PRASA gets its rail commuter plan started

Thousands of new coaches to be built for a start…..

Delivery of the first of new rail car rolling stock will start arriving in South Africa during the beginning of 2015 with a factory being built in South Africa to complete the balance of 3,600 new coaches, all being part of a R51bn passenger coach contract recently concluded  by the Passenger Rail Agency of South Africa (PRASA) with Gibela Rail Transportation.

CEO of PRASA, Lucky Montana, told the parliamentary committee on transport two weeks ago that the entire the current fleet would be replaced in the course of time and all trains, both commuter and long distance, would boast high level security, bigger seats, a new shape and better communication and technology.    A statement was issued in early December confirming that the tender had been won by Gibela.

Worldwide tender process instigated

Minister Sibusiso Ndebele instigated the tender system for new rolling stock in mid-April this year “inviting manufacturers from all over the world to participate in the procurement process” and during the launch indicated a target of 65% localisation target as part of the bid conditions for the new rolling stock.

He said then that “PRASA must ensure the manufacture of an estimated 7,224 Metrorail coaches nationally to meet the passenger demand over the next 20 years as well as the upgrading and the construction of new rail infrastructure such as depots facilities and signalling.”    Investment projects at key national high-passenger demand corridors in KwaZulu Natal, Western Cape and Gauteng were critical he said.

Hand in hand with necessary infrastructure

In addition, PRASA is currently implementing a series of such as the construction of a rail link for the Bridge City development north of Durban as well as the Greenview doubling project east of Tshwane “which will address the archaic single rail design and cater for the increased demands for a more efficient service in this area”.

Over 50 station upgrades, the building of new stations and developing “intermodal hubs” are underway in conjunction with local and provincial governments.  Montana said at the time,  “We have chosen strategic high-passenger corridors as our key upgrade corridors where the demand for our service is quite high with an average 30,000 to 60,000 passengers at peak hours”.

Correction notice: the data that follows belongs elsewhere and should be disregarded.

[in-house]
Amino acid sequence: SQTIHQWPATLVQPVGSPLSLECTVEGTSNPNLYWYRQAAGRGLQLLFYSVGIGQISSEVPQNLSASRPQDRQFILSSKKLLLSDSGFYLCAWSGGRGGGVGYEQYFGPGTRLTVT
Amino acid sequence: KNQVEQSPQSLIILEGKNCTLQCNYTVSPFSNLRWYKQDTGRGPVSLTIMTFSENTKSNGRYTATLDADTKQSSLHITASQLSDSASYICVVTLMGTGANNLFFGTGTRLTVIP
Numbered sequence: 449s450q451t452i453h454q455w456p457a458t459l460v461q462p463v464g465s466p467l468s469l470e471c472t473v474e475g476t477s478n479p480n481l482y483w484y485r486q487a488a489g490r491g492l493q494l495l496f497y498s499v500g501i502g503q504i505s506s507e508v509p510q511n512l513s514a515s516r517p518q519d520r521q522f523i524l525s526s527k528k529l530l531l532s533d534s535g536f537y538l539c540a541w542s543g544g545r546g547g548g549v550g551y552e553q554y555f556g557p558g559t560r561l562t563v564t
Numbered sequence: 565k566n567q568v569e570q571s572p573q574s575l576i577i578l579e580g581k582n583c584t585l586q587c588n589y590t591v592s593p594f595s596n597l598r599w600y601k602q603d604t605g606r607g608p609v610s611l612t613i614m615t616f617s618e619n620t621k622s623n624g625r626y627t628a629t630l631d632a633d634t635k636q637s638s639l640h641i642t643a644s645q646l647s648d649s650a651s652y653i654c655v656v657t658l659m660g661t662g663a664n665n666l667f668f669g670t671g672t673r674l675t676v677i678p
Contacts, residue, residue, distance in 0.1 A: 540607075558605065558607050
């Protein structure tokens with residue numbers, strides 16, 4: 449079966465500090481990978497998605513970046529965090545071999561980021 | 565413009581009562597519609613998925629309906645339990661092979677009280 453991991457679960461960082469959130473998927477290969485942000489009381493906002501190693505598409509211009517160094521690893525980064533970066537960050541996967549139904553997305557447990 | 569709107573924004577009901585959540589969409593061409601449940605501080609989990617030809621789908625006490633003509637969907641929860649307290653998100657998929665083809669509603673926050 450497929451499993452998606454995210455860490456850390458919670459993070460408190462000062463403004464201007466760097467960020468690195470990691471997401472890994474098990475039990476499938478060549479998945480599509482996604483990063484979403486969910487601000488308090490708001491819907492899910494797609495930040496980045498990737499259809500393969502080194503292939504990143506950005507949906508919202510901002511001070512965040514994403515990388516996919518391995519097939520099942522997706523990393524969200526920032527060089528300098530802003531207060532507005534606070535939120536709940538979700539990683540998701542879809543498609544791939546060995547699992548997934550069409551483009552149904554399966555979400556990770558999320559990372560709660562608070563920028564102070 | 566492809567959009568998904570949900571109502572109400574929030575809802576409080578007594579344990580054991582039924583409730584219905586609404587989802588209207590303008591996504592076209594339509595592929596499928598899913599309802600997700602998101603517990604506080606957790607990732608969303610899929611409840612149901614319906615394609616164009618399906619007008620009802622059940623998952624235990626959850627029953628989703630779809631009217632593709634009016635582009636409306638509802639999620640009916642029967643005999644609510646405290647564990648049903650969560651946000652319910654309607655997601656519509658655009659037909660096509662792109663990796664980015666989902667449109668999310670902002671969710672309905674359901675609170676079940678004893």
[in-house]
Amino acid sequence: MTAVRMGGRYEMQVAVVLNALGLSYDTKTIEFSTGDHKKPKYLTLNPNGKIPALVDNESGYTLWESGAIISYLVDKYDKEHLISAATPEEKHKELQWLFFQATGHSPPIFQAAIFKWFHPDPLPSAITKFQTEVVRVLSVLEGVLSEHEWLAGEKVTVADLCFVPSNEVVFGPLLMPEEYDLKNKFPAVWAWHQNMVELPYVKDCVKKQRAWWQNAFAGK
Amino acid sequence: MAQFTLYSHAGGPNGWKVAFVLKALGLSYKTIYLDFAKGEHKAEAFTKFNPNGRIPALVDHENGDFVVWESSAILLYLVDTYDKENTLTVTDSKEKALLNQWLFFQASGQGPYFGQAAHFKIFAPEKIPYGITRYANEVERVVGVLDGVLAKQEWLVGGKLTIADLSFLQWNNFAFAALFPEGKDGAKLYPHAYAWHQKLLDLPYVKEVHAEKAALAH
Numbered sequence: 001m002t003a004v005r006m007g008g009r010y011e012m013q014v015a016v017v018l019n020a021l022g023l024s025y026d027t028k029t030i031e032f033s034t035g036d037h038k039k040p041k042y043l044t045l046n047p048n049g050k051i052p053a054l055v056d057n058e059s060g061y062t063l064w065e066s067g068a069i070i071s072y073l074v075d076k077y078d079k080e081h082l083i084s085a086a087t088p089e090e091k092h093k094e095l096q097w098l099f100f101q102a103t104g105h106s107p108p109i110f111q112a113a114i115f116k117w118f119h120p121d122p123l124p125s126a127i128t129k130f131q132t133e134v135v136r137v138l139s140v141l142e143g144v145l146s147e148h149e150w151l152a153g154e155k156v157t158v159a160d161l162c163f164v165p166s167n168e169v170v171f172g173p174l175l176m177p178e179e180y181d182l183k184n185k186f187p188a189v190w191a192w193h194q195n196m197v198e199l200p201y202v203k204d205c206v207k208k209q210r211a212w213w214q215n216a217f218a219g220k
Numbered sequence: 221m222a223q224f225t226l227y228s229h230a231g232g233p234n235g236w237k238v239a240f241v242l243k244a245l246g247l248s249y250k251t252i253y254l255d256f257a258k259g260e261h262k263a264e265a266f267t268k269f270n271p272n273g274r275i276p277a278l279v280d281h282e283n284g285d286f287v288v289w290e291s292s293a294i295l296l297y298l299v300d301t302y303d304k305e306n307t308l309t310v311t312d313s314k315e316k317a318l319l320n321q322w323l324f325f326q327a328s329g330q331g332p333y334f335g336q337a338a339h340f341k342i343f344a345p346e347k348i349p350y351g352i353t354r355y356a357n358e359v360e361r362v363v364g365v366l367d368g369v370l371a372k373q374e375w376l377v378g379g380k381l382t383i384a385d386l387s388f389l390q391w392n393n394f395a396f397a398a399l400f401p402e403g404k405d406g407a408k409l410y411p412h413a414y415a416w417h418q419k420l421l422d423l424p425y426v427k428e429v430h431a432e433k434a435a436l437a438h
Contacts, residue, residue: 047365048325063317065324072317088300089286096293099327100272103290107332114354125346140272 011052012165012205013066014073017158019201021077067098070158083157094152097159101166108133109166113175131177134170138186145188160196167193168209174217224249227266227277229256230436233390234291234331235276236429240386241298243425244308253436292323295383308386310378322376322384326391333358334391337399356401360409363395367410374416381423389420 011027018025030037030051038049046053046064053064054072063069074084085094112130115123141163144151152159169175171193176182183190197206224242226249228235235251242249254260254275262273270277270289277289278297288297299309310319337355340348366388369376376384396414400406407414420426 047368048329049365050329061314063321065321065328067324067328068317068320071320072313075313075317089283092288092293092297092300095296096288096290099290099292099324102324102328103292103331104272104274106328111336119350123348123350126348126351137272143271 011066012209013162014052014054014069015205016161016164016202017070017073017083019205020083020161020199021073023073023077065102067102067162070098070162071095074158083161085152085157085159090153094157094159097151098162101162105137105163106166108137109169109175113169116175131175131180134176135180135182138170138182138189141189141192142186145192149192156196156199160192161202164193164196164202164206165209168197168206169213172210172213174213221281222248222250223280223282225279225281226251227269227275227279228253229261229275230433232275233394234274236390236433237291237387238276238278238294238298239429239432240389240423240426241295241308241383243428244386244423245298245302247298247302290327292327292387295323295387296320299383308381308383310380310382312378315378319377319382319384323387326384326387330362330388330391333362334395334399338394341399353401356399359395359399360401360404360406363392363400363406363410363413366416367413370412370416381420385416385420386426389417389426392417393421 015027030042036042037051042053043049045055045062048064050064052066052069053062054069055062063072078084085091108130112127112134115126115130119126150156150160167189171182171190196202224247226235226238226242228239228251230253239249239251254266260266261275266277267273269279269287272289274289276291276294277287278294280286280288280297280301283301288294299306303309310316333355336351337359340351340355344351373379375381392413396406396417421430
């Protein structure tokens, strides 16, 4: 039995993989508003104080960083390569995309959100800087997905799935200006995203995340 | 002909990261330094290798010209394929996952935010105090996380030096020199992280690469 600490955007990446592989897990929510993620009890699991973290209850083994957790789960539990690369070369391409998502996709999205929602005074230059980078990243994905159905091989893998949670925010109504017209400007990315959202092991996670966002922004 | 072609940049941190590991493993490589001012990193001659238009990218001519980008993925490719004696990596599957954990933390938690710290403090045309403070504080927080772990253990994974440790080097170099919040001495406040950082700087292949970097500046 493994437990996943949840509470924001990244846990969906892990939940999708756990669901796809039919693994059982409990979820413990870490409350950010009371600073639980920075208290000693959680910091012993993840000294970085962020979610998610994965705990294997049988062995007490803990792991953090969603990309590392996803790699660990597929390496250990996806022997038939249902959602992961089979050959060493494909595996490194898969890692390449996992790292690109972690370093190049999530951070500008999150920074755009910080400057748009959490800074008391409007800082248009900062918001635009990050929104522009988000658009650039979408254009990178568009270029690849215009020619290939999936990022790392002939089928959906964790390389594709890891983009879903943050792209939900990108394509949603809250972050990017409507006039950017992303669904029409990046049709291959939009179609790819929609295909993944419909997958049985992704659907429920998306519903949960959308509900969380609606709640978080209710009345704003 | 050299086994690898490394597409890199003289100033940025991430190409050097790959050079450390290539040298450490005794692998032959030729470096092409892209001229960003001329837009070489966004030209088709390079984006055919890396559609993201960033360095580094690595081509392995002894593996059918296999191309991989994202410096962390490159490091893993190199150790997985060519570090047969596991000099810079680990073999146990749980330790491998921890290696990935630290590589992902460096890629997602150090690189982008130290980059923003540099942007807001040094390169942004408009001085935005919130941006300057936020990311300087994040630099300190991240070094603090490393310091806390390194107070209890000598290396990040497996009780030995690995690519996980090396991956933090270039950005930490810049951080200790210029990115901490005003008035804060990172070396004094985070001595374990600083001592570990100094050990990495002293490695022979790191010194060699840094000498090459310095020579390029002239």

As far as the new contract is concerned, Montana said this week, “It was a mistake for South Africa to not invest in railway for the past 33 years. We are paying the price for that lack of investment.” About 90% of current passenger coach rolling stock was purchased in the 1950s, with the last purchase made in 1986, he said.

State of art travel

 “The new coaches will have air-conditioning  and will have CCTVs for security plus on-board communication”, he said, adding that automatic doors would be included on the short-haul coaches that the long distance trains would have WiFi installed, plus modern toilet facilities.

“We are not looking at increasing fares in the next five years on a massive scale; there will be adjustments to meet inflation, but we are saying that the current workers can’t bear the burden for the upgrade.”

À la Française

PRASA has now invested R123bn to the upgrade its portfolio over a period of 20 years and production of the trains are set to start in 2014. It was in November that PRASA announced that it had accepted a tender from French company Alstom for the programme, Gibela now being announced as the name of the consortium formed as a result.  Canadian, Spanish and Chinese companies also bid.

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